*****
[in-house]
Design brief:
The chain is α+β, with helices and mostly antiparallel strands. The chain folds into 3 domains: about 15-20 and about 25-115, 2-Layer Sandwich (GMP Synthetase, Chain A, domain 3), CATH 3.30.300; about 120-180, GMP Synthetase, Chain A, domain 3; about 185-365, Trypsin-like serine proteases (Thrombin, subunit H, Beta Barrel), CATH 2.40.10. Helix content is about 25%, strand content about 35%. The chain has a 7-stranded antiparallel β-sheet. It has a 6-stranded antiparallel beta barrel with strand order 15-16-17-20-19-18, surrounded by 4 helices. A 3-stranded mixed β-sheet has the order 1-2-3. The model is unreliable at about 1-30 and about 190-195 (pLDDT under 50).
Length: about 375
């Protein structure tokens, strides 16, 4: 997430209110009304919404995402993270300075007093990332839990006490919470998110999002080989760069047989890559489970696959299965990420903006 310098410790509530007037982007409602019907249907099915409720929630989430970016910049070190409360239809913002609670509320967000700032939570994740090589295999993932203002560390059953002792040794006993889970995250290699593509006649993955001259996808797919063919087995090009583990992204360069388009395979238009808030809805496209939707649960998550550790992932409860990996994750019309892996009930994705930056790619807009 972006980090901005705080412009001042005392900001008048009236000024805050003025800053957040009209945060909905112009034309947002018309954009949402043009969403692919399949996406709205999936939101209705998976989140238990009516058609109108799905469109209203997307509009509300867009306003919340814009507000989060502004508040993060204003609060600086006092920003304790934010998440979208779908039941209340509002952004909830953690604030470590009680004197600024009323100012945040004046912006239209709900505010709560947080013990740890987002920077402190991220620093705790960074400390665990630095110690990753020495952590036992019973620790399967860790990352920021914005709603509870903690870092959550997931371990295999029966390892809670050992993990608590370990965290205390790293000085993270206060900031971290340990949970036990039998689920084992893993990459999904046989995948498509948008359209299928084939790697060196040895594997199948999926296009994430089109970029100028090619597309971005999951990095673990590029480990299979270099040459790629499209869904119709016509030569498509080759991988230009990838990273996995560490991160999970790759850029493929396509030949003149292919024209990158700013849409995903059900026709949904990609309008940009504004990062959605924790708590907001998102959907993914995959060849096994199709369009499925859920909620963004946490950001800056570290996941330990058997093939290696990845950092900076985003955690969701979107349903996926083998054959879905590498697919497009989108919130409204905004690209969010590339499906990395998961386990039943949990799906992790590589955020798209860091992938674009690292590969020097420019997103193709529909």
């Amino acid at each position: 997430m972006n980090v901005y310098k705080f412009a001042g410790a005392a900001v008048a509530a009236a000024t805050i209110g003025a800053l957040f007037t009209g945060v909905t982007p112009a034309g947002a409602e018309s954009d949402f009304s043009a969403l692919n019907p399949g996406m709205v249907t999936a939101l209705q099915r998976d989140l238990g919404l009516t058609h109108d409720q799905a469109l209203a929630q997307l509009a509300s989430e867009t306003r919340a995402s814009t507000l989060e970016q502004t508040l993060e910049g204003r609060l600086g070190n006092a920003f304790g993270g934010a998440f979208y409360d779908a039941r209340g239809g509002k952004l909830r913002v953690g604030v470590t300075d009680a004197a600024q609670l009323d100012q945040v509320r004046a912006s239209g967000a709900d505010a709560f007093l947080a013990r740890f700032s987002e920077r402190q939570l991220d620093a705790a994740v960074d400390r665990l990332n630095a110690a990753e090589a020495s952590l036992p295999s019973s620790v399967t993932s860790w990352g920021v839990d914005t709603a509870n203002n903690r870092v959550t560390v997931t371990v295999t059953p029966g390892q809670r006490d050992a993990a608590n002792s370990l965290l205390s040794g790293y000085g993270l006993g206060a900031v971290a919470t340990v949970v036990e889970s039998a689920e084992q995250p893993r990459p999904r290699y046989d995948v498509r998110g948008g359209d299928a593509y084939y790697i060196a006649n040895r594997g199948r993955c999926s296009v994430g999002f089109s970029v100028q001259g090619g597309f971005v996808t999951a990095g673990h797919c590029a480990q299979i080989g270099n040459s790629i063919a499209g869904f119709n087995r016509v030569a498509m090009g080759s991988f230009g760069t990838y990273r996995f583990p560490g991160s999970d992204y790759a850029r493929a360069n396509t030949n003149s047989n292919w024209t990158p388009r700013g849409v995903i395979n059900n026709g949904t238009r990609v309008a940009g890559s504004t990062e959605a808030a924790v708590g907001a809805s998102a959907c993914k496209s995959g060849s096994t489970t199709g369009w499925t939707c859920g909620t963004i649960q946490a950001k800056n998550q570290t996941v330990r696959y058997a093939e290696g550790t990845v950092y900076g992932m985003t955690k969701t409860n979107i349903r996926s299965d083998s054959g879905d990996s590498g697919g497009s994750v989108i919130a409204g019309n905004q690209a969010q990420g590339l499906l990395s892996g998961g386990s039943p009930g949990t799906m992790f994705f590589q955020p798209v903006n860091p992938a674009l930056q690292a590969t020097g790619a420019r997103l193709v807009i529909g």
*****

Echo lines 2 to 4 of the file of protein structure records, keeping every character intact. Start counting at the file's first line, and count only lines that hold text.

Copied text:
Design brief:
The chain is α+β, with helices and mostly antiparallel strands. The chain folds into 3 domains: about 15-20 and about 25-115, 2-Layer Sandwich (GMP Synthetase, Chain A, domain 3), CATH 3.30.300; about 120-180, GMP Synthetase, Chain A, domain 3; about 185-365, Trypsin-like serine proteases (Thrombin, subunit H, Beta Barrel), CATH 2.40.10. Helix content is about 25%, strand content about 35%. The chain has a 7-stranded antiparallel β-sheet. It has a 6-stranded antiparallel beta barrel with strand order 15-16-17-20-19-18, surrounded by 4 helices. A 3-stranded mixed β-sheet has the order 1-2-3. The model is unreliable at about 1-30 and about 190-195 (pLDDT under 50).
Length: about 375